After LREC approval, 50 consecutive gynae-oncology patients scheduled for major pelvic surgery for ovarian, endometrial or cervical cancer were recruited. Written informed consent was obtained during discussion with the principle investigator (SC). Detailed written information was given, emphasising that no cell salvaged blood would be returned to the patients, but that the cell saver would be used to collect blood lost during the procedure and that this blood along with two samples of blood from the patients’ circulation, would be tested for the presence of malignant cells. All patients underwent total abdominal hysterectomy with bilateral salpingo-oophorectomy with or without omentectomy, or pelvic clearance as clinically indicated. All patients received combined general and regional anaesthesia with invasive monitoring including direct arterial and internal jugular CVP lines, and were managed postoperatively on HDU or ICU. CVP lines were placed for clinical reasons, not just for sampling. During the procedure all blood loss was retrieved using the Haemonetics Cell Saver 5 (Haemonetics UK Ltd, Leeds, UK). Heparin 30 000 units in 1000 ml of 0.9% saline was used as the anticoagulant for suction of the surgical site, and in addition blood was retrieved from the surgical swabs after washing in 0.9% saline according to standard operating procedures for the machine. The Pall RS leucodepletion filter (Pall Corporation, Portsmouth, UK) was used as a final filtration step after cell salvage processing.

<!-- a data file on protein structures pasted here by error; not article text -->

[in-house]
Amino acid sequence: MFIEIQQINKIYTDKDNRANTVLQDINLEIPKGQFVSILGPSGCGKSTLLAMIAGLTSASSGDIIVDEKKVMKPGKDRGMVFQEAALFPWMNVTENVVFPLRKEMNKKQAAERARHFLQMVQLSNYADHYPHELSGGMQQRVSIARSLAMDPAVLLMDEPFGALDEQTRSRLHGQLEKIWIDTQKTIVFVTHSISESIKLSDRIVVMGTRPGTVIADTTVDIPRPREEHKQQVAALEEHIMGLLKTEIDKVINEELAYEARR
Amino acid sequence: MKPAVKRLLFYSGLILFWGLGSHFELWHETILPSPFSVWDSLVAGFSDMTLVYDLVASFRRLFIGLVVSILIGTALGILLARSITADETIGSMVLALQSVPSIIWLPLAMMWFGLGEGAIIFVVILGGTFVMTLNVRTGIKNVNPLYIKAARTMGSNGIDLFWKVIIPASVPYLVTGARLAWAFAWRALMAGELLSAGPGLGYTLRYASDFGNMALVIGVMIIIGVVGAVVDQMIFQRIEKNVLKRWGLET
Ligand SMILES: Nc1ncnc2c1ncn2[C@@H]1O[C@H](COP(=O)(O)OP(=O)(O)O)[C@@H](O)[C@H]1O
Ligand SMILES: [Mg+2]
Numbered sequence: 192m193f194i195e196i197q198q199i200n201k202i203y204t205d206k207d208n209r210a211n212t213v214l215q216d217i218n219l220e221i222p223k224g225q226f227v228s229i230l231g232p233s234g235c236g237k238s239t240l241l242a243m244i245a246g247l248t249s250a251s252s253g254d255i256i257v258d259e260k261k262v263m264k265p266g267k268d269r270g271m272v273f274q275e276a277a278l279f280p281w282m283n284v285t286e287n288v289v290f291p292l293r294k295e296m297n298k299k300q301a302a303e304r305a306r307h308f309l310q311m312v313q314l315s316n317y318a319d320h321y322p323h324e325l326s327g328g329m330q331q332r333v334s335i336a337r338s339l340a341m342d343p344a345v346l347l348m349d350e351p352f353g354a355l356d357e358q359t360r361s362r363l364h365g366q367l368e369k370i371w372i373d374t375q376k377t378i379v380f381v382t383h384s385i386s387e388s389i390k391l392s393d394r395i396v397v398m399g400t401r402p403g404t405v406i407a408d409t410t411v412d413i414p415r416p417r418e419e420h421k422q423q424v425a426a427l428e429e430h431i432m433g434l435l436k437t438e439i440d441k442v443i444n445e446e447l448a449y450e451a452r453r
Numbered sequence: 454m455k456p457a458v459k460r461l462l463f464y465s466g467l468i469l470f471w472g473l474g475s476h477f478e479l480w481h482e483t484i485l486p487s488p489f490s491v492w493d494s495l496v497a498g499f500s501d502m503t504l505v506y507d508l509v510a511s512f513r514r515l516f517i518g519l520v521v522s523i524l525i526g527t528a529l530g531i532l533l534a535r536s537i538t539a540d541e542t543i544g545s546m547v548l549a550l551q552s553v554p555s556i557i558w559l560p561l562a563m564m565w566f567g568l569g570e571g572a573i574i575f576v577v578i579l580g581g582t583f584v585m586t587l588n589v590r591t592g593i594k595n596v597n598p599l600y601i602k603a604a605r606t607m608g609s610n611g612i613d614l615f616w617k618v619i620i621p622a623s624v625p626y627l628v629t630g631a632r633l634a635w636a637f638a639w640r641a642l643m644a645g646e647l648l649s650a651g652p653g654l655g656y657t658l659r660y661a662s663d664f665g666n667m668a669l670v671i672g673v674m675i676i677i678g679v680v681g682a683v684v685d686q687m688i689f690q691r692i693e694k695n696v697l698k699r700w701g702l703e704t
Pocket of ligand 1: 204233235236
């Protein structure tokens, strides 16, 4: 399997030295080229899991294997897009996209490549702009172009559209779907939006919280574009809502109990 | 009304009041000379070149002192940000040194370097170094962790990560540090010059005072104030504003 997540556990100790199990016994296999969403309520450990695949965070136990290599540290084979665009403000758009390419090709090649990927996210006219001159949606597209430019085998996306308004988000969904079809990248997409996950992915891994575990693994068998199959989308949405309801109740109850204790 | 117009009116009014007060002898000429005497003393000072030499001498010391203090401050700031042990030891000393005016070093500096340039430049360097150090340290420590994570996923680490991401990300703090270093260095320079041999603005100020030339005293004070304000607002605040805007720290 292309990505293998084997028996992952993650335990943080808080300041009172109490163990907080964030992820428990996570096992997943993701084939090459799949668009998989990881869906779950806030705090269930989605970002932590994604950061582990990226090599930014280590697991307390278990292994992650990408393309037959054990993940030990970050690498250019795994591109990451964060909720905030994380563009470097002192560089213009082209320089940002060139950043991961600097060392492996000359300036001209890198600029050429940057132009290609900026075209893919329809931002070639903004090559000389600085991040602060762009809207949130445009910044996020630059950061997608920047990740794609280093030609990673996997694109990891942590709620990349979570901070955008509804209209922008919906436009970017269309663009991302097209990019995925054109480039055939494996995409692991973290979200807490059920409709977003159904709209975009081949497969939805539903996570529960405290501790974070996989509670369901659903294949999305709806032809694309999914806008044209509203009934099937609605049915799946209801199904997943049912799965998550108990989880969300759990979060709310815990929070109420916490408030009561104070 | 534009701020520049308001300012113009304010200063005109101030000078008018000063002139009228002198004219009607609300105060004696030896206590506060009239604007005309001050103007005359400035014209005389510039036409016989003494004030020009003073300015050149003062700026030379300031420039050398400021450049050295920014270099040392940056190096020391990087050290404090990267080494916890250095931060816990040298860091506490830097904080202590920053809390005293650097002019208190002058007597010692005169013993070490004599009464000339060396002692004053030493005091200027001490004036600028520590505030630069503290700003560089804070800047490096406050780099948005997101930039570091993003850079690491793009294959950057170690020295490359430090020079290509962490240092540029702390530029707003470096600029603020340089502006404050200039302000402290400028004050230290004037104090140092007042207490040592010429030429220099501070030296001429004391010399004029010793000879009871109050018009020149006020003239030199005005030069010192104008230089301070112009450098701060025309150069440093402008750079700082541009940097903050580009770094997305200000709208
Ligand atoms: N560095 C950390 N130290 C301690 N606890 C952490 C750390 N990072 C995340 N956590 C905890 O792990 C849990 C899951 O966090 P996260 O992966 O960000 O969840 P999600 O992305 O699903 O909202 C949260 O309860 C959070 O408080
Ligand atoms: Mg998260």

During surgery five 10-ml blood samples were taken and labelled as follows: effluent tumour vein sample taken by the operating surgeon under direct vision prior to clamping the vein; central venous sample from the CVP line; unprocessed blood from the operative field prior to cell salvage processing, taken from the reservoir of the cell salvage machine; cell salvaged blood after processing according to standard operating procedures; and cell salvaged blood after processing and filtration through the leucocyte depletion filter.

Samples were labelled with monoclonal mouse anti-cytokeratin antibodies to identify cells of epithelial origin, prepared as slides and examined using light microscopy [13–15]. This technique is a highly sensitive and specific system for the identification of cancer cells of epithelial origin [16–19]. Further details of the laboratory methodology are provided in the Appendix.

Results

  1. Top of page
  2. Summary
  3. Methods
  4. Results
  5. Discussion
  6. Acknowledgement
  7. Potential conflict of interest
  8. References
  9. Appendix

Malignant cells of epithelial origin were clearly identifiable in two of 50 blood samples from the central venous circulation, in 34 of 50 samples from the cell salvage reservoir prior to processing, and in 31 of 50 samples of the processed blood prior to leucocyte depletion filtration (see Table 1). In no case were viable, nucleated malignant cells detectable in the final, filtered sample of cell saved blood.

Table 1.   Detection of malignant cells using anti-human cytokeratin monoclonal antibody labelling in blood sampled from 50 patients undergoing gynaecological cancer surgery.
Label usedEffluent tumour veinsCVP lineCell saver reservoir (before processing)Cell saver after processingCell saver after processing and filtration
MNF116AE1AE3MNF116AE1AE3MNF116AE1AE3MNF116AE1AE3MNF116AE1AE3